Causes and Prevention of Youth Suicide

The act of taking one’s own life is often referred to as youth suicide. It typically occurs when a young person is under the legal age of majority. Among the Western societies, youth suicide is particularly high. This article explores the causes and prevention methods of this devastating disease. It also explores the options for survivors of youth suicide. Listed below are some of the most common methods used to prevent and treat youth suicide. Read on to learn more.

Identifying signs of depression in children is a good first step in prevention. Depression is one of the leading causes of youth suicide. It can manifest itself as a lack of interest in activities or in school. Symptoms of depression may include increased irritability and a feeling of hopelessness. Several other warning signs include giving away prized possessions or engaging in alcohol or drug use. In addition, young people who contemplate suicide often show evidence of violence in the home. This may indicate a lack of communication between family members.

The rate of youth suicide has increased significantly since 2007, when it was low. States like New Jersey, Massachusetts and New York experienced a 39% increase in the rate. In addition, 42 states had a marked increase in the rate of suicide among 10-24 year olds. The highest suicide rates were seen in Alaska, South Dakota, Montana, and Wyoming. New Mexico, Connecticut, New Jersey, and New York had the lowest rates. It is not clear what causes this increase, but experts are exploring possible causes.

In the meantime, the best thing to do is seek medical help. Talking to a doctor is important if your teen is struggling with suicidal thoughts. A physician will want to talk to your teen and his or her family about the situation, as well as review school records, and previous medical evaluations. Getting help can also help prevent the onset of the symptoms of suicide. It is never too late to get help for your teen.

The research has shown that there are a variety of risk factors associated with important life events. Some of these event stressors are more likely to contribute to youth suicide than others. For example, youth attach great importance to belonging to a peer group, developing new intimate relationships, and establishing self-confidence. Losses like these have a profound impact on their lives, and they account for approximately one fifth of all youth suicide cases. There are other important stressors associated with school and family relationships.

A school board should develop a policy that addresses suicide prevention, intervention, and postvention. To find the best resources on this topic, visit the Suicide Prevention Resource Center. Some sites offer factual information and programs, while others are specifically dedicated to the treatment of youth suicide. Another good resource is the World Psychiatric Association. You can also consult a student support specialist if you need an individual referral. A school board policy is a must for schools that want to protect their students.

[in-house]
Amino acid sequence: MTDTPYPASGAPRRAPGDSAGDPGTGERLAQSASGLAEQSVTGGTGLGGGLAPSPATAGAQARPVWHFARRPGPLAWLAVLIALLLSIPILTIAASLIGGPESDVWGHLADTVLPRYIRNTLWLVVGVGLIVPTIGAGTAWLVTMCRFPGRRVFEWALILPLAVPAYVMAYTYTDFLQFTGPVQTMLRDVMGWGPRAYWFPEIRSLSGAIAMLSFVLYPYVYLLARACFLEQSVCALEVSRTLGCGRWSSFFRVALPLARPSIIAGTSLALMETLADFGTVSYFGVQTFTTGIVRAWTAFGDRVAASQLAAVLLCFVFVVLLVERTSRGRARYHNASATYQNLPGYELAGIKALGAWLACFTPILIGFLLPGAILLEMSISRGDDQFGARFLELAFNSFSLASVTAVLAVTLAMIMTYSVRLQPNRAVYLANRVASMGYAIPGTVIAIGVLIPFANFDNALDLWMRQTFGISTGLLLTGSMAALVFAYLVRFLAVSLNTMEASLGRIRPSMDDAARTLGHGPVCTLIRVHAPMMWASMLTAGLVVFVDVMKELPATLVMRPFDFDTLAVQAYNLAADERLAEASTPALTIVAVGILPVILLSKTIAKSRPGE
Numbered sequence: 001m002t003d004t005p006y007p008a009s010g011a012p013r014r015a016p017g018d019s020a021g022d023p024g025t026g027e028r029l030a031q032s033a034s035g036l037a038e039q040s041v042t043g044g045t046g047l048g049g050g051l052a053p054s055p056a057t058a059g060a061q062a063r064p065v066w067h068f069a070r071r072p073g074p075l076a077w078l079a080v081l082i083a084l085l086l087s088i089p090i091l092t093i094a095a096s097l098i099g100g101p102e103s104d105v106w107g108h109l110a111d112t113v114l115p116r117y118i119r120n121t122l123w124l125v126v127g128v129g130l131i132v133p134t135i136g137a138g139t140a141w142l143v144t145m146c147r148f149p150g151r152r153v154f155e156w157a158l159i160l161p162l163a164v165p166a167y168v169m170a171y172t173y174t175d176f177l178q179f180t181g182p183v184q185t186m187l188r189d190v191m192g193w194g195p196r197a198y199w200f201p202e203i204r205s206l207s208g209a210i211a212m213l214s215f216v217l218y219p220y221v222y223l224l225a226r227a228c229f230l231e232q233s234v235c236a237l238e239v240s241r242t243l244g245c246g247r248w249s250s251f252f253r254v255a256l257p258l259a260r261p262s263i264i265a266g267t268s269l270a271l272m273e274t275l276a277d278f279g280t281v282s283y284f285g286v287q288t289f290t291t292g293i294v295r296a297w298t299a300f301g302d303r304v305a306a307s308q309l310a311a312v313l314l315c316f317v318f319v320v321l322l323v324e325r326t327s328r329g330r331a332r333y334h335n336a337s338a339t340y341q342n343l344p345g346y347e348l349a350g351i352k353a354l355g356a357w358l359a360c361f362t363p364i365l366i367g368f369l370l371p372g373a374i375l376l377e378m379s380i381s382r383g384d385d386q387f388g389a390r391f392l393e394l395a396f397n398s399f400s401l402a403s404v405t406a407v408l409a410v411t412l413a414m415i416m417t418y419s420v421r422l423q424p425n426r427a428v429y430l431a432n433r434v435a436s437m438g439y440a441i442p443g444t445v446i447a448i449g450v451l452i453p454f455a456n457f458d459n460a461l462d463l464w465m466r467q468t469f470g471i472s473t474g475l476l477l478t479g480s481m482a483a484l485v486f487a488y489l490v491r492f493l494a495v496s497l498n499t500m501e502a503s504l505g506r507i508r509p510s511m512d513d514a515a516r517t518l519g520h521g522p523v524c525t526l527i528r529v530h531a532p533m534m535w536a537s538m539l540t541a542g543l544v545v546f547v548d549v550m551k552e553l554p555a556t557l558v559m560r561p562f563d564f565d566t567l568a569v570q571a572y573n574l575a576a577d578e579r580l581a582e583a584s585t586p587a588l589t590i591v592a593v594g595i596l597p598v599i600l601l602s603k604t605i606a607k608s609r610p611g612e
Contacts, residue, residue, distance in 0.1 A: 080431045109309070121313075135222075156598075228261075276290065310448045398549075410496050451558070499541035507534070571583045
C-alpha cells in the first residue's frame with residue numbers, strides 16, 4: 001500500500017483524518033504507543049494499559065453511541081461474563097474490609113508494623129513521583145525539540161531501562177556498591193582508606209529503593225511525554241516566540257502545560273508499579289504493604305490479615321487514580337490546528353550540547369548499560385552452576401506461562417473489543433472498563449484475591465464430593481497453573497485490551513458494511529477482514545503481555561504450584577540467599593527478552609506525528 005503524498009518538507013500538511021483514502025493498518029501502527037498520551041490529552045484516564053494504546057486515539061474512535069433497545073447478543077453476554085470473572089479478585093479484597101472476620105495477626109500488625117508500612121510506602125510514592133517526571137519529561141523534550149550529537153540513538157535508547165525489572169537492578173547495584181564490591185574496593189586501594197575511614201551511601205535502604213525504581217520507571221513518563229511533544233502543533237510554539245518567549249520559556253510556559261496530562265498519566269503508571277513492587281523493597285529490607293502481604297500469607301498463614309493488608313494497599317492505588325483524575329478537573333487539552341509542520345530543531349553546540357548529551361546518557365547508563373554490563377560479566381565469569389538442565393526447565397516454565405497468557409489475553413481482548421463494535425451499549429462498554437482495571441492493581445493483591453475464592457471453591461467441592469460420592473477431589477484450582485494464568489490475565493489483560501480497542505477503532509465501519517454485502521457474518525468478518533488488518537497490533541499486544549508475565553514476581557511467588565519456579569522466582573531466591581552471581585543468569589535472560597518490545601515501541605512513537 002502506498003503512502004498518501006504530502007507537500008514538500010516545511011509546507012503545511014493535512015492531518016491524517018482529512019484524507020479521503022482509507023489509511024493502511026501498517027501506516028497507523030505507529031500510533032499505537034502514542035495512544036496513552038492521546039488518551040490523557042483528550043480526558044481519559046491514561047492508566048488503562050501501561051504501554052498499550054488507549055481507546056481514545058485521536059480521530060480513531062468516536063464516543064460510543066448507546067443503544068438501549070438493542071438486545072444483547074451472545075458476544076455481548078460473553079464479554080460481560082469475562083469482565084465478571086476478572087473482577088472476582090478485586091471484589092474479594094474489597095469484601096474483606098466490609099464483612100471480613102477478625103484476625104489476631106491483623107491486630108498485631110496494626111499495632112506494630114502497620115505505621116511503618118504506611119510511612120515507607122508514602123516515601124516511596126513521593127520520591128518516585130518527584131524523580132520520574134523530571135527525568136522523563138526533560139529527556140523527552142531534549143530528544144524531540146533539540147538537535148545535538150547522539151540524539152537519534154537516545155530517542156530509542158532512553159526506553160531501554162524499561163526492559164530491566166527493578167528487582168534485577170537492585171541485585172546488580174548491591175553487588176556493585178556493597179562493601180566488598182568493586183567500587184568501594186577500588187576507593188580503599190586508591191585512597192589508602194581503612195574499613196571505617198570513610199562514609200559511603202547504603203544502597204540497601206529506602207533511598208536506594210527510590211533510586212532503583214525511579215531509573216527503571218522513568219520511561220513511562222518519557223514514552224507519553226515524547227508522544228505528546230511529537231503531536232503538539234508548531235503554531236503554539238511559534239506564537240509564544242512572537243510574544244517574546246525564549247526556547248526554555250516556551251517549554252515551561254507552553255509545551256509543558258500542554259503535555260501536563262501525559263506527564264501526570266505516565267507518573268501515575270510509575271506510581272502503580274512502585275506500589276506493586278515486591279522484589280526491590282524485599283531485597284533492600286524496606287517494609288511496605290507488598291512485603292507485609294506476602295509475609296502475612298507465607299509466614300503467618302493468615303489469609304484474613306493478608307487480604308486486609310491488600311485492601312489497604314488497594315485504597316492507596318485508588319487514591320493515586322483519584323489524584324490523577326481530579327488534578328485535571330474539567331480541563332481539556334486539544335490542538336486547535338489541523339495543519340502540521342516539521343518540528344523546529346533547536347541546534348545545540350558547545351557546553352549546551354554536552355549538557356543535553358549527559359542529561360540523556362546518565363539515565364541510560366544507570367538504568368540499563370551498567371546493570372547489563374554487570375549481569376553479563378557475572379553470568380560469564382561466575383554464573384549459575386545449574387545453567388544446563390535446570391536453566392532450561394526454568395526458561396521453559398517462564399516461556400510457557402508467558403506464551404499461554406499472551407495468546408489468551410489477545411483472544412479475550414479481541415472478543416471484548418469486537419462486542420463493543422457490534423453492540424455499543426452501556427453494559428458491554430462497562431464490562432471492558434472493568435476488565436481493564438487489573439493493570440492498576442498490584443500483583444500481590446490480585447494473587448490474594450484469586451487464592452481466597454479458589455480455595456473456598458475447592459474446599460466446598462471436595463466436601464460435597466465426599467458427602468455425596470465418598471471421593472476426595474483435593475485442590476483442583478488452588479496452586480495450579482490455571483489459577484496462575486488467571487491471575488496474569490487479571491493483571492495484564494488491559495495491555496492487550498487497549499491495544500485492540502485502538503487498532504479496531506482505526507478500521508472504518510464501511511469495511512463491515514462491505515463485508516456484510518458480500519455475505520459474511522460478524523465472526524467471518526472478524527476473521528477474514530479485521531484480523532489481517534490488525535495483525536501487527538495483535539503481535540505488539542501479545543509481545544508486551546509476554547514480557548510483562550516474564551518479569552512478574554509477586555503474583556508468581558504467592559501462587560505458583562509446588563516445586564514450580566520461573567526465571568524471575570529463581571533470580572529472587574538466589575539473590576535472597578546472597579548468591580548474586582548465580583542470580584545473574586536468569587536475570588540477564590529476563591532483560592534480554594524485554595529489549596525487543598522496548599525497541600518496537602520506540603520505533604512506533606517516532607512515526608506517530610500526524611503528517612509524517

It is crucial for people who care for youth to recognize the warning signs of youth suicide. Many young people who are contemplating suicide will tell their parents ahead of time. The words “I’m going to die” are indicators that the young person has a serious mental health problem. Take any suicide statement seriously. It could be the last thing a child needs to survive. If you are a parent, there are several things you can do to prevent youth suicide.

A study on the causes of youth suicide has revealed a number of risk factors. Mental disorders are one of the most prominent contributors to youth suicide. Other risk factors include genetic loading, previous attempts, and family processes. Exposure to inspiring role models is another factor. The availability of suicide means should be addressed through multi-sector initiatives. The key to youth suicide prevention is prevention. In the last few decades, suicide prevention has become an increasingly important priority for public health and safety.

Achieving this goal requires national leadership to combat youth suicide. It is important to remember that youth should be able to thrive in a safe, healthy environment and can make the difference in someone else’s life. AAP and the American Foundation for Suicide Prevention have recently declared a national emergency for child and adolescent mental health in the US by 2021. Pediatric health clinicians can make a difference when they know how to identify youth at risk for suicide.